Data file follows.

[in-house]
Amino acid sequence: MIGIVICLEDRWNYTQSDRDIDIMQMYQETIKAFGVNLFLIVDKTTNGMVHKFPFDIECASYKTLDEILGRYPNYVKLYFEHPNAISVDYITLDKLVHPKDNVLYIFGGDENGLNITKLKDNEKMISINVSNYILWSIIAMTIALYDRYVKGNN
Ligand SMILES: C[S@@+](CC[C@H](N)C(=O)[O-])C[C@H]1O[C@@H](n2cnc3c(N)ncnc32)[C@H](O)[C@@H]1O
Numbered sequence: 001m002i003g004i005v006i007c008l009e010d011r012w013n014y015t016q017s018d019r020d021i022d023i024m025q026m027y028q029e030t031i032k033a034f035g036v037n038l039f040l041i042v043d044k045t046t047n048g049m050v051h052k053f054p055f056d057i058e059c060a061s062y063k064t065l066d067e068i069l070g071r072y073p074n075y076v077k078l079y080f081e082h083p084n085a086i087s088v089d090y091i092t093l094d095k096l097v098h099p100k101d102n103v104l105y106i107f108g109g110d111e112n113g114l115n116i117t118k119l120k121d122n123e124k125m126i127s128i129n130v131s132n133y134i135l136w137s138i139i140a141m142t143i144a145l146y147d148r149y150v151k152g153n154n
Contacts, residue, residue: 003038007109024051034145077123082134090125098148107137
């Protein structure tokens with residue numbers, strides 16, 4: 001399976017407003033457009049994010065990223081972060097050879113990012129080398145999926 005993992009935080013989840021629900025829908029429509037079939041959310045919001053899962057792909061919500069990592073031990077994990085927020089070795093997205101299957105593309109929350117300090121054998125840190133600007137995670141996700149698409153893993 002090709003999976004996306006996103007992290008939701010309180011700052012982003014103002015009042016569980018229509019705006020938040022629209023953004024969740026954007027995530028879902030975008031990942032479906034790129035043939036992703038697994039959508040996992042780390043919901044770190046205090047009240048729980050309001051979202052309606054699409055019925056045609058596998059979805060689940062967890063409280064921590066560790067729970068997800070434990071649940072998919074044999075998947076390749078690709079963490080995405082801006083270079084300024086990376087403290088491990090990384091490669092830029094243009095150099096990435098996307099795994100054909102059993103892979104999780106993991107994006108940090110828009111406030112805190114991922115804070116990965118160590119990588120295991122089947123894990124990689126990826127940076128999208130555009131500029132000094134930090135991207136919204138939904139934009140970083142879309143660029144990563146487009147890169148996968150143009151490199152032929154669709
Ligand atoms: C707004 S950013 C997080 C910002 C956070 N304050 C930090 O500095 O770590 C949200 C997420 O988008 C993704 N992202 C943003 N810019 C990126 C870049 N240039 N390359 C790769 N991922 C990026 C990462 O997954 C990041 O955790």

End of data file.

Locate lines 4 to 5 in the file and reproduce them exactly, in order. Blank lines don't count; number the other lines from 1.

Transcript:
Numbered sequence: 001m002i003g004i005v006i007c008l009e010d011r012w013n014y015t016q017s018d019r020d021i022d023i024m025q026m027y028q029e030t031i032k033a034f035g036v037n038l039f040l041i042v043d044k045t046t047n048g049m050v051h052k053f054p055f056d057i058e059c060a061s062y063k064t065l066d067e068i069l070g071r072y073p074n075y076v077k078l079y080f081e082h083p084n085a086i087s088v089d090y091i092t093l094d095k096l097v098h099p100k101d102n103v104l105y106i107f108g109g110d111e112n113g114l115n116i117t118k119l120k121d122n123e124k125m126i127s128i129n130v131s132n133y134i135l136w137s138i139i140a141m142t143i144a145l146y147d148r149y150v151k152g153n154n
Contacts, residue, residue: 003038007109024051034145077123082134090125098148107137